Deaf Japanese History: 1990's

1990
"The Deaf Movement Quarterly," one of JFD's publications, changed to name "Mimi Quarterly."

1991
11th World Congress of the World Federation of the Deaf takes place in Tokyo, attracting over 6,000 participants from all over world.

1993
JFD commissioned by Ministry of Health and Welfare to promote and spread sign language.

1994
JFD holds Leadership Training Seminar for Asian Deaf Persons.

1995
- JFD begins "Leadership Training of Asian and Oceanian Deaf Persons" under sponsorship of Japan International Cooperation Agency.

- First experimental use of communications satellite to broadcast television programs made exclusively for the Deaf.

1996
JFD begins its 50th Anniversary "National Caravan of the Deaf for Discussion with Governors."

1997
- JFD holds Goal Ceremony of the above event, commemorates its 50th Anniversary at 45th National Conference and publishes Japanese-Japanese Sign Language Dictionary.

- After the JFD national conference held in Saitama Prefecture, a nationwide movement starts, aimed to revise Civil Law Article 969, which stipulates that no notary deed drawn up with the assistance of sign language interpreters and/or note takers be accepted. As a result of the movement, the Ministry of Justice responds that they would look into this matter from a positive perspective.

- In December, JFD sends a petition requesting the revision of the Diet (National Legislature) Bill on Speech Therapist Qualification which includes the disqualifying clause that "deaf people are not eligible for obtaining qualification." However, the Bill with the disqualification clauses adopted at both the House of Representatives and House of Councilors, with an accompanying resolution attached to review the disqualification clauses in the actual enactment of the law. This incident strengthens the partnership with other organizations such as the All Japan Association of Hard of Hearing People and accelerates the movement to abolish the discriminatory laws.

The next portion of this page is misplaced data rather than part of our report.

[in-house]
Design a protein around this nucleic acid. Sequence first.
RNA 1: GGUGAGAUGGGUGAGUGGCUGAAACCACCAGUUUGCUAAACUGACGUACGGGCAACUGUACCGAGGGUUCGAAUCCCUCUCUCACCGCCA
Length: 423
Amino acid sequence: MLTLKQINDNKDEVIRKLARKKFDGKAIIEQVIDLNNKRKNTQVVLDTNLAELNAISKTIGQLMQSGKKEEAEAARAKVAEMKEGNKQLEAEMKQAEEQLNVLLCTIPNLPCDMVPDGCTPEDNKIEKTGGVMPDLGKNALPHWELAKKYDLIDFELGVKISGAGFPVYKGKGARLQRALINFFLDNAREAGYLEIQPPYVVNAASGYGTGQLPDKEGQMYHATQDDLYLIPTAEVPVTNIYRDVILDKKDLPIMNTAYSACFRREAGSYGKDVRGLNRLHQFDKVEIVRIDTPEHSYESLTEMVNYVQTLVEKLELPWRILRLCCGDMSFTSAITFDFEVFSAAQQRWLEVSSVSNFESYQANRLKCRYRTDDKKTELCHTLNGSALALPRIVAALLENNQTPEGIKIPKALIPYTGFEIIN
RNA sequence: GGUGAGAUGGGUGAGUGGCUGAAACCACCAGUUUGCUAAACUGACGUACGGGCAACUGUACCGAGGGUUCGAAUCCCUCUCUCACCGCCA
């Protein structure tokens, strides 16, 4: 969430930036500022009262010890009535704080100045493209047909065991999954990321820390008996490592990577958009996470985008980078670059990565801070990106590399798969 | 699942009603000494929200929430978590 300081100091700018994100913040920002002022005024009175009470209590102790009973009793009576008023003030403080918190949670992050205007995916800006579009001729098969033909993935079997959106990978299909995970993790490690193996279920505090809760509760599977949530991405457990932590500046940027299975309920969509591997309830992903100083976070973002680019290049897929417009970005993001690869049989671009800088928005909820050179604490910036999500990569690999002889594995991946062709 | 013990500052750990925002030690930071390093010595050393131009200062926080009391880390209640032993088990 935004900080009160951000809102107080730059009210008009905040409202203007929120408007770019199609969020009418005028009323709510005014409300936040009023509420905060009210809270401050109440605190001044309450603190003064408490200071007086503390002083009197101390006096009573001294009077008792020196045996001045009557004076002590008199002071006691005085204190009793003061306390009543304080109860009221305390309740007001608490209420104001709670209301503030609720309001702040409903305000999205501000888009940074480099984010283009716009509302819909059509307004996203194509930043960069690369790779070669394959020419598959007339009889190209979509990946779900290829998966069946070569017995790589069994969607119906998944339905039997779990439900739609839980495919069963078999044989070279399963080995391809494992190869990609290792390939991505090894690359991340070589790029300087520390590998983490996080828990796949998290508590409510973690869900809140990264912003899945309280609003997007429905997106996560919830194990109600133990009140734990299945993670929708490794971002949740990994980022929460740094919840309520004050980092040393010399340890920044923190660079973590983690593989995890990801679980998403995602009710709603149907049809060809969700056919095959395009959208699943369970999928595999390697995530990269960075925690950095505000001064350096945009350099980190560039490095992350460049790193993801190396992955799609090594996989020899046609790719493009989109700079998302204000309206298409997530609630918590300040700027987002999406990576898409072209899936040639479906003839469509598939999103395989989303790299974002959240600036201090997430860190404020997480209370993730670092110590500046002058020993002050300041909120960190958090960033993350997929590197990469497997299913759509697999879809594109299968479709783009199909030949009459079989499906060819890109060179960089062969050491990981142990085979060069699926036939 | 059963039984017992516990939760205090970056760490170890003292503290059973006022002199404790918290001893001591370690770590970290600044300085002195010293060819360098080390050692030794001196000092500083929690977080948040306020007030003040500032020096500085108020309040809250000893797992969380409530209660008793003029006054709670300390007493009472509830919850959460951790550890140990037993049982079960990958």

- A Network of Health Care Professionals Concerned with Medical Issues of the Deaf and Hard of Hearing Persons is formed.

1998
- In June, at the General Assembly of JFD held in conjunction with the National Conference in Aomori Prefecture, JFD decides to advance the movement to eliminate all legal discrimination in order to realize the "revision of all disqualification clauses," which is one of the targets in the National Action Plan for Persons with Disabilities, adopted in 1995.

- Toyoki Ando elected as president for the first time at the JFD Conference at Aomori Prefecture.

- In July, JFD sets forth its "Action Policy for the Movement to Revise Discriminatory Laws," which focuses on the collection of 1 million signatures from the general public, fundraising, and petition to national and local legislatures. With this policy, JFD invites other national organizations related to deaf persons to participate in the first joint movement and launches the Headquarters in autumn.

- While the Headquarters started negotiations with relevant ministries in November, local headquarters established in 47 prefectures throughout Japan by the end of January 1999. The Headquarters and local headquarters starts signature collection and fund-raising activities as well as lobbying local assemblies to adopt statements.

- Nationwide campaign to revise discriminatory laws begins; over 2,220,000 signatures collected.

1999
The Dragon's Kids School, a tutoring school, formed to teach deaf children in Japanese Sign Language as their primary language, and to teach how to write and read in Japanese.

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